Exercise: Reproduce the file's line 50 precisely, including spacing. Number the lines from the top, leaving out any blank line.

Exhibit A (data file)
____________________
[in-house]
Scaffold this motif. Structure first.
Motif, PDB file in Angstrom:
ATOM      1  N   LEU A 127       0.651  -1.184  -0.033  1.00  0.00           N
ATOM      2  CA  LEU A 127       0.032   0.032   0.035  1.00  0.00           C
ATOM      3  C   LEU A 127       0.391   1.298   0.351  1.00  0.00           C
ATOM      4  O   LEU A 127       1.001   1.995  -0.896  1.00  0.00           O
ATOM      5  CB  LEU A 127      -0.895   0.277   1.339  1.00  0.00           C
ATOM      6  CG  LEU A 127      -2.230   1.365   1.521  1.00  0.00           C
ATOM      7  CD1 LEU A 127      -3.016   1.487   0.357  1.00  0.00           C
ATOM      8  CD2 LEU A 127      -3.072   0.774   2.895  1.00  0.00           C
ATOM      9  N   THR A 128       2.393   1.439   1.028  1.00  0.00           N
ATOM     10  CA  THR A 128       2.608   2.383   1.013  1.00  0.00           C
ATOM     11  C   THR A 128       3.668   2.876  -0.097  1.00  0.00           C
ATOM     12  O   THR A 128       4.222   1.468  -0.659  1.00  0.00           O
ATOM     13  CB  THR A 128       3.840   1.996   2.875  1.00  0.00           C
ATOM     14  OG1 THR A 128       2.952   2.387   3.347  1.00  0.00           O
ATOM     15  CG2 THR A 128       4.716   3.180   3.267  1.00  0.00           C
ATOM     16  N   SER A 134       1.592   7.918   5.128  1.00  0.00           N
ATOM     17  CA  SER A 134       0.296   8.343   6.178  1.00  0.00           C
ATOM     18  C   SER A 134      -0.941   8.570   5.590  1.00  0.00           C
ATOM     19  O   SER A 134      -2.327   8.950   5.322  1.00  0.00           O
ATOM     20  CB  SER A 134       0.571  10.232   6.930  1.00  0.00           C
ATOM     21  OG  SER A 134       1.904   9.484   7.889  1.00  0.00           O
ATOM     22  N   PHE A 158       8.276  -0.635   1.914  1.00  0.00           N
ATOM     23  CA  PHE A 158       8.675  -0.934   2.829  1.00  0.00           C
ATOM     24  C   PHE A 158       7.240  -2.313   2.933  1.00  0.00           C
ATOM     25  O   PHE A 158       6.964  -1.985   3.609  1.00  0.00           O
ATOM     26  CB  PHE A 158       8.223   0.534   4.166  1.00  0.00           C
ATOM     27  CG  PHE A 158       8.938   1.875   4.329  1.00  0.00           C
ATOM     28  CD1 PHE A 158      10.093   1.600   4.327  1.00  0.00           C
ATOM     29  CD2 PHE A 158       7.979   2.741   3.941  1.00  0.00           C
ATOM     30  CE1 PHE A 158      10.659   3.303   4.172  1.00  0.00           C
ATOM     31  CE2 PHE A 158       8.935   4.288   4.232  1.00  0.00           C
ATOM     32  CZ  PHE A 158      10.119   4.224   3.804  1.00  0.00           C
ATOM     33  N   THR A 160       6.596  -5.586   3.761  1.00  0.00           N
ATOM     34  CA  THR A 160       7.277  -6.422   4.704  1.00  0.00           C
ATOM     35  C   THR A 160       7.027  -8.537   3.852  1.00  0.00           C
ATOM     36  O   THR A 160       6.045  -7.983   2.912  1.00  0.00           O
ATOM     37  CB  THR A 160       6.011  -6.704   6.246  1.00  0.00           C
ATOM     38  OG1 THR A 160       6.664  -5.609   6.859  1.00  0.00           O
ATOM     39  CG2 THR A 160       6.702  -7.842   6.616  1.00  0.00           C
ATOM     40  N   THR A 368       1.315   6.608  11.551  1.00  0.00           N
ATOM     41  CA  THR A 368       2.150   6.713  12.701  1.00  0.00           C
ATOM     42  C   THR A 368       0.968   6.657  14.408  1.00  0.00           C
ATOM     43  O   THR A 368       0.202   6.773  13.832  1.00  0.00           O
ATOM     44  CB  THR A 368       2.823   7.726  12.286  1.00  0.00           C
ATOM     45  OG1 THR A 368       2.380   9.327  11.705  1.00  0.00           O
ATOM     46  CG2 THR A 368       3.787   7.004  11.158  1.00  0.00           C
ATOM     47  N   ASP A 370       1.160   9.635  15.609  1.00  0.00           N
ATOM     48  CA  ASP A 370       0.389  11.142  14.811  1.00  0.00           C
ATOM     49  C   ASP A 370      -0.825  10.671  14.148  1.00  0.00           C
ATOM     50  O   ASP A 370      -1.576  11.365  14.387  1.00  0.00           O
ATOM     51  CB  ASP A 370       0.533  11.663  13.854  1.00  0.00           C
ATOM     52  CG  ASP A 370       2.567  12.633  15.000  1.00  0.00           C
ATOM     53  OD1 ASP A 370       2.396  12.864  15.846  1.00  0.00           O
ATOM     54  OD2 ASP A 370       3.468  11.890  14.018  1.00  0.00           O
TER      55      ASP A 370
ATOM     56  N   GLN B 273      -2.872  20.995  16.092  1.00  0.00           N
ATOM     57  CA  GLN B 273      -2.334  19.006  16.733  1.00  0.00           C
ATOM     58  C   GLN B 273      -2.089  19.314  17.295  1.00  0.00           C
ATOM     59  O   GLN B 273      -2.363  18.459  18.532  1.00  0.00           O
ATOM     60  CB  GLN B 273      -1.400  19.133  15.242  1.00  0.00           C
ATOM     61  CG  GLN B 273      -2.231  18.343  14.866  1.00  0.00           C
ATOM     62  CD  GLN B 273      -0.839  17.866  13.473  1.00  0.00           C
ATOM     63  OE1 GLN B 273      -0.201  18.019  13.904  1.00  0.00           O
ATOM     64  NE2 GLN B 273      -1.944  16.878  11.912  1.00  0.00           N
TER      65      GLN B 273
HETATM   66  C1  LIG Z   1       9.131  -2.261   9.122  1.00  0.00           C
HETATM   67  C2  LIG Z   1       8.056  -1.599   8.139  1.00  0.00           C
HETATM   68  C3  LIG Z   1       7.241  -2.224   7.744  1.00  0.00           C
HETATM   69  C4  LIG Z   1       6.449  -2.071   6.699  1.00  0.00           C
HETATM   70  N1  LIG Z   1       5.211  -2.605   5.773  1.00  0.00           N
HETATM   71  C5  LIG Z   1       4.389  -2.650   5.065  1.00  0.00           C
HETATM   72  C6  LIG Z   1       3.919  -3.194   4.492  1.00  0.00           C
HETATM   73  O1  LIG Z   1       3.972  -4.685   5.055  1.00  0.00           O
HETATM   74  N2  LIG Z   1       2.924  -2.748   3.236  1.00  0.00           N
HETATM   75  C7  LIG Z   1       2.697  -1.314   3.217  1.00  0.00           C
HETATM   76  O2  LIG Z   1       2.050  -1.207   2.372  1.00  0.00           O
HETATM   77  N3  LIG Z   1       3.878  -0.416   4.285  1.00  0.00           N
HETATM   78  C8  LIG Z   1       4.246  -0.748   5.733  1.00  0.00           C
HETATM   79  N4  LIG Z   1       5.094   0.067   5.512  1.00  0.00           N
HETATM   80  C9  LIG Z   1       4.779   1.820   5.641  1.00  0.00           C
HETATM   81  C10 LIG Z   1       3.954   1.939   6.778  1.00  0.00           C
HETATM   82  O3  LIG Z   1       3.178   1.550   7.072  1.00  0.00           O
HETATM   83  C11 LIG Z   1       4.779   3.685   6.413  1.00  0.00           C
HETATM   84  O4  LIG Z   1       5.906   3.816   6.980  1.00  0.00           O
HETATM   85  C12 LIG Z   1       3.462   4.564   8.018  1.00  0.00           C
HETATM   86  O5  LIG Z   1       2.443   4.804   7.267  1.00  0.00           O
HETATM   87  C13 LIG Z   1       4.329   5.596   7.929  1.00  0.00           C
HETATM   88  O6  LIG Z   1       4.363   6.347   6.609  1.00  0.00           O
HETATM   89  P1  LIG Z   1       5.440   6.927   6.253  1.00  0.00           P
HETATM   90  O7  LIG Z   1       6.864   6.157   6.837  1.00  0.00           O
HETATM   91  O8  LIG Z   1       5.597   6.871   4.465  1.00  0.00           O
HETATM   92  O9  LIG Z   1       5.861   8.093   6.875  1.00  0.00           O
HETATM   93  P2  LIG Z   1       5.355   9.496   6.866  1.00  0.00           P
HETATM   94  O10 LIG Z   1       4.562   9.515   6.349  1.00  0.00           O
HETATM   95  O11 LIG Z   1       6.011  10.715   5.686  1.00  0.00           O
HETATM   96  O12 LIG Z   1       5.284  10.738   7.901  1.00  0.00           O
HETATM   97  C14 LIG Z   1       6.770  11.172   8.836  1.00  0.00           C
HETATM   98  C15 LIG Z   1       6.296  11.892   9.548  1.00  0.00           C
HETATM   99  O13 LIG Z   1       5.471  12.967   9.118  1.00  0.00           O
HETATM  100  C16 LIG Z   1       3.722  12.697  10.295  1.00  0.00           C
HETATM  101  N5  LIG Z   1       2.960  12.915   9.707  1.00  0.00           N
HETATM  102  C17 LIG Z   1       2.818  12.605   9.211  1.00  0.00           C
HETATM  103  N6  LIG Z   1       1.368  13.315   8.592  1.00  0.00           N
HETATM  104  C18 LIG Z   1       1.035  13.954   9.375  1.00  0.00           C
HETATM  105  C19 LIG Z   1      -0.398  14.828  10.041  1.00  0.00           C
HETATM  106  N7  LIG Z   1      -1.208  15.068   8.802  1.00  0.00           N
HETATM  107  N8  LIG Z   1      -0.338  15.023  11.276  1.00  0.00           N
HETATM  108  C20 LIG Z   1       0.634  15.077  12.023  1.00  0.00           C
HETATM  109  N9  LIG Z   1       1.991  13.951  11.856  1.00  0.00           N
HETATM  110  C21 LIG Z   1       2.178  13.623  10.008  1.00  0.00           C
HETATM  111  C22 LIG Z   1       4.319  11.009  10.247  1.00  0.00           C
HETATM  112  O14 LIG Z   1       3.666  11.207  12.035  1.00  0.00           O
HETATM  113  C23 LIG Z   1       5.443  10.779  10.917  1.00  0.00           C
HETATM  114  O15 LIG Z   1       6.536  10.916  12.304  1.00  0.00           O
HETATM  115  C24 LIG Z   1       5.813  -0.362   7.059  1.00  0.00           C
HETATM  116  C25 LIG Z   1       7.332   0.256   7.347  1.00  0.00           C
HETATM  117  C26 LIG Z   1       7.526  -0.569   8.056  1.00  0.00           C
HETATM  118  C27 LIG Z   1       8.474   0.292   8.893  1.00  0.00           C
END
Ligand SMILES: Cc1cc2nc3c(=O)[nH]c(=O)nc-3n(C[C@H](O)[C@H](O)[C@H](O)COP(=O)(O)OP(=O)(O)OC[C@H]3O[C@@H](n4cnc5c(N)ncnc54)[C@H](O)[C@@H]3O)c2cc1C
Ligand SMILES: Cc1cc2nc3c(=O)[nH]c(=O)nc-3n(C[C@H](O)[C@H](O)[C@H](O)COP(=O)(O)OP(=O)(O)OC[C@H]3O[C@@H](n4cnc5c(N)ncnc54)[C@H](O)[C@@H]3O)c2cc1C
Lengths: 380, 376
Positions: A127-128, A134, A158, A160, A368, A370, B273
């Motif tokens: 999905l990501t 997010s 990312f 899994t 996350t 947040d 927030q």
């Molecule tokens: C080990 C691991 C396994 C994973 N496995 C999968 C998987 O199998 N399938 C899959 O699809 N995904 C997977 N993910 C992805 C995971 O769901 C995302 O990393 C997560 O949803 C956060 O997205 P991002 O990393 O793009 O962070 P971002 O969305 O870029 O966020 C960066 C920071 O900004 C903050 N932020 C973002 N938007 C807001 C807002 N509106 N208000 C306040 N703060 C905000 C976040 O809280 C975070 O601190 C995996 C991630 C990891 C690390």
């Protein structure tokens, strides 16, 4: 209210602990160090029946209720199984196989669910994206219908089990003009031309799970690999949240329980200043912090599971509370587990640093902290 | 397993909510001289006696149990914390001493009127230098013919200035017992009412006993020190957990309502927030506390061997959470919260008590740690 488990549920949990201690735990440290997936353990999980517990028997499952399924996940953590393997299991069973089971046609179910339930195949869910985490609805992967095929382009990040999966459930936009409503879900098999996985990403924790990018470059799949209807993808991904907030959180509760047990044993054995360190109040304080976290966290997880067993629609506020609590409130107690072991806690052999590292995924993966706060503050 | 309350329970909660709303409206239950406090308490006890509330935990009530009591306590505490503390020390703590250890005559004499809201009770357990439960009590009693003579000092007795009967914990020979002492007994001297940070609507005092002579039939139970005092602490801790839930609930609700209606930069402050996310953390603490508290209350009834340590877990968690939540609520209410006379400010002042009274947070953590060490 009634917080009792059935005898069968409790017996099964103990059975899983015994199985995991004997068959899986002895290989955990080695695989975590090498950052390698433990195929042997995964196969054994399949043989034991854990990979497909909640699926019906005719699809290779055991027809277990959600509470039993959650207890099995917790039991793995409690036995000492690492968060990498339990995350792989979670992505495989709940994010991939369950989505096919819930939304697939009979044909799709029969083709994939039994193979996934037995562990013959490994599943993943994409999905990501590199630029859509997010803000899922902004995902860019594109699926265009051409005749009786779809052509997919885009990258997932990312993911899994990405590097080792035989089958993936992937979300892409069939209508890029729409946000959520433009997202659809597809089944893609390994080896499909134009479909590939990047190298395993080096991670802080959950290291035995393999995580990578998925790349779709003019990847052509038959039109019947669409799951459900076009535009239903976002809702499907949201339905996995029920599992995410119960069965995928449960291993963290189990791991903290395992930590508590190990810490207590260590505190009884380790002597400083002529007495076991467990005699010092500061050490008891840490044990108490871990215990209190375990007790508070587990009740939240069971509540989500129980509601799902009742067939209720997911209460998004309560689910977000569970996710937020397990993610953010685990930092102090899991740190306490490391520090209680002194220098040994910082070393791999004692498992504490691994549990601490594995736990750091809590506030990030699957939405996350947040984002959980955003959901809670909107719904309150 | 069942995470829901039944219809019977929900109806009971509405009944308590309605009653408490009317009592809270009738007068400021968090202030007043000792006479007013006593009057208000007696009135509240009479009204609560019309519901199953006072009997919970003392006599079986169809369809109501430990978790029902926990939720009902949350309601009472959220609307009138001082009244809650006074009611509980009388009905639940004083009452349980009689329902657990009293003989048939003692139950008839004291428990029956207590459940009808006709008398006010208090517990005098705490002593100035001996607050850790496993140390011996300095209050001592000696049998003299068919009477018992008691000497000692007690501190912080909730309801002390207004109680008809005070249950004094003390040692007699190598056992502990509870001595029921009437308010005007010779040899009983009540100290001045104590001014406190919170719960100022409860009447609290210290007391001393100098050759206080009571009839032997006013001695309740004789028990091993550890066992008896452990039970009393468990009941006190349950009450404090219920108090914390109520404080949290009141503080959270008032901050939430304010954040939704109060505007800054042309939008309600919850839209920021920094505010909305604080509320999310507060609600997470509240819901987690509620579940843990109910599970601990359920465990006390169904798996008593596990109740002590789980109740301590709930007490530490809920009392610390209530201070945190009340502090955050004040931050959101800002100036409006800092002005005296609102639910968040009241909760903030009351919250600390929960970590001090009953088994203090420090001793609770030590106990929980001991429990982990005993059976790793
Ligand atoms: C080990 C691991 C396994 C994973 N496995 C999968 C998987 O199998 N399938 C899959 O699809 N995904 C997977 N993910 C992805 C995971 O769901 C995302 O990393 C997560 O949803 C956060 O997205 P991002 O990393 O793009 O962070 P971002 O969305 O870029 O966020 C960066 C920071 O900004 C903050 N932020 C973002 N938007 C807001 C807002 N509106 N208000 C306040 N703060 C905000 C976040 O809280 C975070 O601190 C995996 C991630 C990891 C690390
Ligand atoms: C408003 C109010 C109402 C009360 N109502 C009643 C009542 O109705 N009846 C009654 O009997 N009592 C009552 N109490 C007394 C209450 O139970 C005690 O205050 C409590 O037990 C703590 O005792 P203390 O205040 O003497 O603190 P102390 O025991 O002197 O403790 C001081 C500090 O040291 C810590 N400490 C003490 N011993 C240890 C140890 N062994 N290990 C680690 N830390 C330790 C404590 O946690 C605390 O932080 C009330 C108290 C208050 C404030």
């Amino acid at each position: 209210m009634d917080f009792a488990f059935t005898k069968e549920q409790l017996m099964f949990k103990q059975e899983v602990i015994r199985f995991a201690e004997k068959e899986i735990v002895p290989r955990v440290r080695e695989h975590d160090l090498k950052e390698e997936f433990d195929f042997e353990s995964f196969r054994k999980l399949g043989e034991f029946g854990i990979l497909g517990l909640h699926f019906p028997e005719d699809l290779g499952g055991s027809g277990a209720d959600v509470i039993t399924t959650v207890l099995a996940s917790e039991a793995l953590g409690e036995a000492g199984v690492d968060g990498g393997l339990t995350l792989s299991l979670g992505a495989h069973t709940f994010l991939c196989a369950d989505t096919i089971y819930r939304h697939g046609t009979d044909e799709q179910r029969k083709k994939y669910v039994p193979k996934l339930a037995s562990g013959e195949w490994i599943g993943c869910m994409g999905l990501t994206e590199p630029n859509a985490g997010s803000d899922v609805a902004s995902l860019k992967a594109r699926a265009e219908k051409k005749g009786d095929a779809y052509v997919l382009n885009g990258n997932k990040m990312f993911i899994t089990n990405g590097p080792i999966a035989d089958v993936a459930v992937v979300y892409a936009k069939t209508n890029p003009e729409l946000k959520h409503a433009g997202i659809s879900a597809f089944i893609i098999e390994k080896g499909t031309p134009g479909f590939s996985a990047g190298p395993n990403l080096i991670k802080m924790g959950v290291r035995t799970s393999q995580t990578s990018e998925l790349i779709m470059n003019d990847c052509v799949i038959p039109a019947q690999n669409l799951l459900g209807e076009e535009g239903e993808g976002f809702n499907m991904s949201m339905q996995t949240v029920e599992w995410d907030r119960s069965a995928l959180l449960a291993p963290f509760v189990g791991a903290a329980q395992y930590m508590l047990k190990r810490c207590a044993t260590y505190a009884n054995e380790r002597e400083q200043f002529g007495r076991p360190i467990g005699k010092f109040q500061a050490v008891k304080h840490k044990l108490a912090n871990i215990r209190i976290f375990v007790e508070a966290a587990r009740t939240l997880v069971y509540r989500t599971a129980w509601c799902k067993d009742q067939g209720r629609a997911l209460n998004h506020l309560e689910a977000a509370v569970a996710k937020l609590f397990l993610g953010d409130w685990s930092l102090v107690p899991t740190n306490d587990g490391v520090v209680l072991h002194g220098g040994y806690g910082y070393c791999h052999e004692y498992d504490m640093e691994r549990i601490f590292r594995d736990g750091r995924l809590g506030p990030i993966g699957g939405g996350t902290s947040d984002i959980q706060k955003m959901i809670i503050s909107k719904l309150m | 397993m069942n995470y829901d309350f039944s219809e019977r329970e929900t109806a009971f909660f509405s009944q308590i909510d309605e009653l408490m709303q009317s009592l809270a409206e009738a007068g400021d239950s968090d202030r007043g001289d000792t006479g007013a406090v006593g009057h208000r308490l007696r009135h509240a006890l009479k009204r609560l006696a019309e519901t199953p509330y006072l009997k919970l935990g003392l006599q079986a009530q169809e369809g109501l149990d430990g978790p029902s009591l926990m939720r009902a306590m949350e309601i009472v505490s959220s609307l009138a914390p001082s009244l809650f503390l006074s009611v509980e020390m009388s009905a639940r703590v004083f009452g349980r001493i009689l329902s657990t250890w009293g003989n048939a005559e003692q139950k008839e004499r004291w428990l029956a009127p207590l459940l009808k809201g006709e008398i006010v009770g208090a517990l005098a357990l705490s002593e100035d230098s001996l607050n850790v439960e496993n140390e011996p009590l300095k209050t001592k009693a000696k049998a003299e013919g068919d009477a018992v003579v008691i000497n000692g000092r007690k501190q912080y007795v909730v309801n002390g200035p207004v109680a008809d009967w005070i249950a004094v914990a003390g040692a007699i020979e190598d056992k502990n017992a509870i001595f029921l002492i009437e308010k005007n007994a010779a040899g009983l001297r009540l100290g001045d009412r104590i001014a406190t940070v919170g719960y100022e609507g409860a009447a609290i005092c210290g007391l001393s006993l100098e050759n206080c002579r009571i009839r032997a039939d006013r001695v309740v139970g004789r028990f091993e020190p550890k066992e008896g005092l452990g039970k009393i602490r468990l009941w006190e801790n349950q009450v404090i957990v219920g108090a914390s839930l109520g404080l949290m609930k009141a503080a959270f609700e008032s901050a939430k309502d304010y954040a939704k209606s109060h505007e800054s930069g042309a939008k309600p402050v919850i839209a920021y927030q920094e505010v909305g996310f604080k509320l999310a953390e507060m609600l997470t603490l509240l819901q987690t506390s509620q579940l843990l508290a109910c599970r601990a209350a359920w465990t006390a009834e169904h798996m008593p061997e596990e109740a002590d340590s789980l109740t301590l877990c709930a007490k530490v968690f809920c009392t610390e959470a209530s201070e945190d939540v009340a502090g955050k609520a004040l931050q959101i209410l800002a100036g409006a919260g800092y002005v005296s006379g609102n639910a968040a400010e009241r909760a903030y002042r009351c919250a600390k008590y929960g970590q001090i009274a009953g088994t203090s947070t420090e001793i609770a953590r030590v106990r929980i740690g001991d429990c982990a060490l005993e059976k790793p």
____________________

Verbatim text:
ATOM     47  N   ASP A 370       1.160   9.635  15.609  1.00  0.00           N